Olivia Rosewood: Our Health Care System Does Not Need Fixing

Our health care system does not need fixing because fixing is what you do to something that once worked.

I happened to have the experience of my children needing extensive medical care for the first two years of their lives. In fact, my youngest continues to have special needs. They had 11 surgeries between the two of them and lengthy hospital stays, complicated recoveries, and lots and lots of medical bills. Did you know that the number one reason for chapter seven bankruptcy is an expensive medical issue?

Many Americans don’t learn the ins and outs of our medical system until their health starts to give them serious trouble in their sixties and seventies. But by then, there is not much time for them to change the entire system. They are usually preoccupied trying to survive it. I have had the privilege of learning a bit more a bit earlier in the game.

Here are some facts that I learned about small children and our existing health care system:

If they have pre-existing conditions, you generally cannot buy private medical insurance for them. What they say to you on the phone is, “That’s a decline.” That’s how they make it not-too-personal. But it is very personal when someone tells you there will be no medical insurance for your child. It is devastatingly personal.

So, like one of our surgeon’s assistants had to do (her son has asthma, so he was “a decline”), you’d better find a full time job that has group coverage for your child. If you had hoped to be a stay at home parent, you can still do that. But your child will be uninsured.

If your child has special needs, it will be difficult to find a nanny that you can afford, and most daycare centers will apologetically explain how full and busy they are. So caring for your child while you work your full time position to earn health insurance can be a major challenge. There are many catch 22’s involved with caring for a child with special needs, as I’m sure you know if you have one.

If you are lucky enough to barely be able to feed your family (you make under 22K per year for a family of four is the guideline in California), you might qualify for state medical assistance. However, if you are able to feed your family, you will not qualify for this assistance. But just because you are able to feed your family does not mean you can pay cash for doctor’s visits or emergencies.

So should you not have a full time job with group medical coverage, but you have enough money to feed your family, your child with a pre-existing condition may not have medical insurance. And that often means your child will be refused medical care. “How can that be?” You might demand indignantly. Rightfully so.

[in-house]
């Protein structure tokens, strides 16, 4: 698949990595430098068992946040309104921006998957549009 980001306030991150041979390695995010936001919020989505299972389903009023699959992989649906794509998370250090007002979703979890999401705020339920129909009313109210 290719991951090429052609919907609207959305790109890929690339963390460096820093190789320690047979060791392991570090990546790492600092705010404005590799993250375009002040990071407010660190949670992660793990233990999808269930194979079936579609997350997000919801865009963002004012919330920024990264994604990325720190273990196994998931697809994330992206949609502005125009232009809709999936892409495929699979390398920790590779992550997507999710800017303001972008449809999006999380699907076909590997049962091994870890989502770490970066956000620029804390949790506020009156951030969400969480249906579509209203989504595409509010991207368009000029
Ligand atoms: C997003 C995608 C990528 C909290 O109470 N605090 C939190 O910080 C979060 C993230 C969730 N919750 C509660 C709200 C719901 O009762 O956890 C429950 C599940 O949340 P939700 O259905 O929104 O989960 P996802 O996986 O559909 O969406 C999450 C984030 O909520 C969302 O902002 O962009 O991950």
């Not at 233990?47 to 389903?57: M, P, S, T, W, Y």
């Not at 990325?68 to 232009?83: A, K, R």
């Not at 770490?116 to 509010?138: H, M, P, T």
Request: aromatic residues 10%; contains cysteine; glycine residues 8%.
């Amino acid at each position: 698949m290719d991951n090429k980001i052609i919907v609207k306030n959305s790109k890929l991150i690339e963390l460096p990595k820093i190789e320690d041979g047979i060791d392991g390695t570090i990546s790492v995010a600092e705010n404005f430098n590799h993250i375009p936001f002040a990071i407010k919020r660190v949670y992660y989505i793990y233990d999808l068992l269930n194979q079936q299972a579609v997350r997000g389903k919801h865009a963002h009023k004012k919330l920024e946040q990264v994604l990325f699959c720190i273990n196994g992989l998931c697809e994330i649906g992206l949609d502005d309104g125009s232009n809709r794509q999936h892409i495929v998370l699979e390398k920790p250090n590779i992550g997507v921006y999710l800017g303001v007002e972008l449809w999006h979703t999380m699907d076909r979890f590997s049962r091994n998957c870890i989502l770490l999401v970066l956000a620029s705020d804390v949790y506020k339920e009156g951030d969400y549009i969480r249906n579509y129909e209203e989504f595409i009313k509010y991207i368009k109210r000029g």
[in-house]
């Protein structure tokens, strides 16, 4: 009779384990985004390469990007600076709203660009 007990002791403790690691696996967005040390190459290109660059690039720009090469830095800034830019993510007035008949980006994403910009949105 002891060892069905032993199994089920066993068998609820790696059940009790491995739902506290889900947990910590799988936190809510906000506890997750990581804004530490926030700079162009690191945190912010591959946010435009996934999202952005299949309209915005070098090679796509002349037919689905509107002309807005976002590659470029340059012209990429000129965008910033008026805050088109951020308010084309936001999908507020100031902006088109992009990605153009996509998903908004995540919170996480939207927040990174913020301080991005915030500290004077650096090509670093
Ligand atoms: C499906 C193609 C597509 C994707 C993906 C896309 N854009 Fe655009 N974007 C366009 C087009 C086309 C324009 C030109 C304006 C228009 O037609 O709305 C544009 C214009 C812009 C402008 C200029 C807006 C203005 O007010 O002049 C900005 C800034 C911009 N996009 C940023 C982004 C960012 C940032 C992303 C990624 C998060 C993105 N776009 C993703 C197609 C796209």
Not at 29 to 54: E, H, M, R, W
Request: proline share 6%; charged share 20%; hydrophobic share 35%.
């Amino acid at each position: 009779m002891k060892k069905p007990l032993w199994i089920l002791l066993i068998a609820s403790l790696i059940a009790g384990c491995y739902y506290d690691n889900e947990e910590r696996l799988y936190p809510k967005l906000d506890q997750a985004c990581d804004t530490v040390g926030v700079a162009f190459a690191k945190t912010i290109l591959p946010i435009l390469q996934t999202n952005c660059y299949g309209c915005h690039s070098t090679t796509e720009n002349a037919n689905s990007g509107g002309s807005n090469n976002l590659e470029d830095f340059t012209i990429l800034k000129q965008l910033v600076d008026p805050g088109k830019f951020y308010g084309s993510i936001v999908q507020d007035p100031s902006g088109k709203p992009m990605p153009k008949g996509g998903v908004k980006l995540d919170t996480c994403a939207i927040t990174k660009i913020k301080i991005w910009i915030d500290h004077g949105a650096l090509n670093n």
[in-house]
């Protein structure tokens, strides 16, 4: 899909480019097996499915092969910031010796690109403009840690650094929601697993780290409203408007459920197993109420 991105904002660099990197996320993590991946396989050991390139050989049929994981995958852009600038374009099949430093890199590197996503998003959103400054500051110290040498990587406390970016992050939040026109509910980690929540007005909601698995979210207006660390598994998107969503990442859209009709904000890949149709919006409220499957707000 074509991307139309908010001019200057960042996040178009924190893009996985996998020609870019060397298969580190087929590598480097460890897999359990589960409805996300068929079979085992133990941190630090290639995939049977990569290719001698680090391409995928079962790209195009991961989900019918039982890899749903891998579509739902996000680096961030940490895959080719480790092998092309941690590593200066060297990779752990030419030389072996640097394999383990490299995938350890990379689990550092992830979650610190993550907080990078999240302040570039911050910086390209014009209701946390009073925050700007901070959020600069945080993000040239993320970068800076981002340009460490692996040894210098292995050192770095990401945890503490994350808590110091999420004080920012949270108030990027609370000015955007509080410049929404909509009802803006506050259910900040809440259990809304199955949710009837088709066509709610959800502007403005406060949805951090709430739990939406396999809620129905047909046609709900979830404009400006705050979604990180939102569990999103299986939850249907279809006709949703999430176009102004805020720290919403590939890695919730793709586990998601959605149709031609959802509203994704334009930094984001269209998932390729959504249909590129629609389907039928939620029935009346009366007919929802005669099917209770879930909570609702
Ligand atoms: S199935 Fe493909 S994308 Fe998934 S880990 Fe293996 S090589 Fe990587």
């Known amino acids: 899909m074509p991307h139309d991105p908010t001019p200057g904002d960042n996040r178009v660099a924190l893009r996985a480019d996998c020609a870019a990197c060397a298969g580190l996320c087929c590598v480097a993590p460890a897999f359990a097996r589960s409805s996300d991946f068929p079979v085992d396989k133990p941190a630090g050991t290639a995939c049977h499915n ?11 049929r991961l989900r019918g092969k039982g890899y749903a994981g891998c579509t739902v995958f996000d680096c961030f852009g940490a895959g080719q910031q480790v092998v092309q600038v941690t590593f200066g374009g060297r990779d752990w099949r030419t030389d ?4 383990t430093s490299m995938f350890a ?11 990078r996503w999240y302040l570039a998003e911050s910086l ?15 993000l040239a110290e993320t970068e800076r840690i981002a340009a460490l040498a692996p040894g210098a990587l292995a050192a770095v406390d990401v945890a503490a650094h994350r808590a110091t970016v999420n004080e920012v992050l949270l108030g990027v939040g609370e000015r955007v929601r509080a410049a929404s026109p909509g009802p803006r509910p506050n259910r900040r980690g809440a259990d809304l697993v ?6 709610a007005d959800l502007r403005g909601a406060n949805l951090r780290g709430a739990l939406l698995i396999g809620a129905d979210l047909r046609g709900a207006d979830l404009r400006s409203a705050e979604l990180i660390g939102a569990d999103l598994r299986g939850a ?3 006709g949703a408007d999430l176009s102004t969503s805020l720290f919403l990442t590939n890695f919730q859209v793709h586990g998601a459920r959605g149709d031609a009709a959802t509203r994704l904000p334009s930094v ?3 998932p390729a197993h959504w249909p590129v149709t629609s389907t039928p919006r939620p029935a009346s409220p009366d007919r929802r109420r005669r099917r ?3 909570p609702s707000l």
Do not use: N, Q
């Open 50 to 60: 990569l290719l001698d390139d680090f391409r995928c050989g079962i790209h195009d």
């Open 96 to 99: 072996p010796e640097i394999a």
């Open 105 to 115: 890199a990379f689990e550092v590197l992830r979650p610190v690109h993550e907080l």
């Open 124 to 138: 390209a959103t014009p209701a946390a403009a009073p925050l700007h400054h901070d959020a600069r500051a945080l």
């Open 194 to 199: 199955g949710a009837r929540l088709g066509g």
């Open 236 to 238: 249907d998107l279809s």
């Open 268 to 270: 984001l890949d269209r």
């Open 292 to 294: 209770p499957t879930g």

As Newsday reported, more that 18,000 people die each year because they don’t have medical insurance. Perhaps more.

For example, when my youngest daughter was 6 weeks old, I spent a full day on the phone manipulating people, pulling supervisors out of all day meetings, and otherwise being a very squeaky wheel because UCLA Medical Center called to cancel an important surgery. My daughter had granulation tissue (her insides) bulging through her cheek where it had become inflamed and then infected due to a side effect of a previous surgery. It required care.

The reason UCLA Medical Center was canceling the surgery so necessary and timely to remedy this problem? Our insurance had lapsed. But it hadn’t — it was a “mistake” made by our then insurance company, Blue Cross. But I had the eye opening experience of what it would be like to not have health insurance. I could hardly believe that such apathy toward a baby could exist in the United States. This is a place where people care about each other, isn’t it? It took me 8 solid hours of crying and urging the people at the other end of the line to reinstate our insurance and not cancel the surgery.

What would someone do who didn’t have these kinds of people skills? What would someone do who didn’t have the time to cajole several people into doing the right thing? What would have happened to that little 6 week old baby with an infection in her open cheek’s open wound? And what would someone do if their insurance had actually lapsed? Or they didn’t have it? I can only put the pieces together to figure it out.

Our health care system doesn’t need to be fixed, because it wasn’t working. Our health care system needs a complete systemic make over. Its priority needs to be good health, and not profits. Children must receive care, even if they have a pre-existing condition and are middle class.

And care must not be refused to the sick. Because we are all sick. There is not one of us here who is not dying. We are all simply dying at different rates. The people who need taking care of are all of us.


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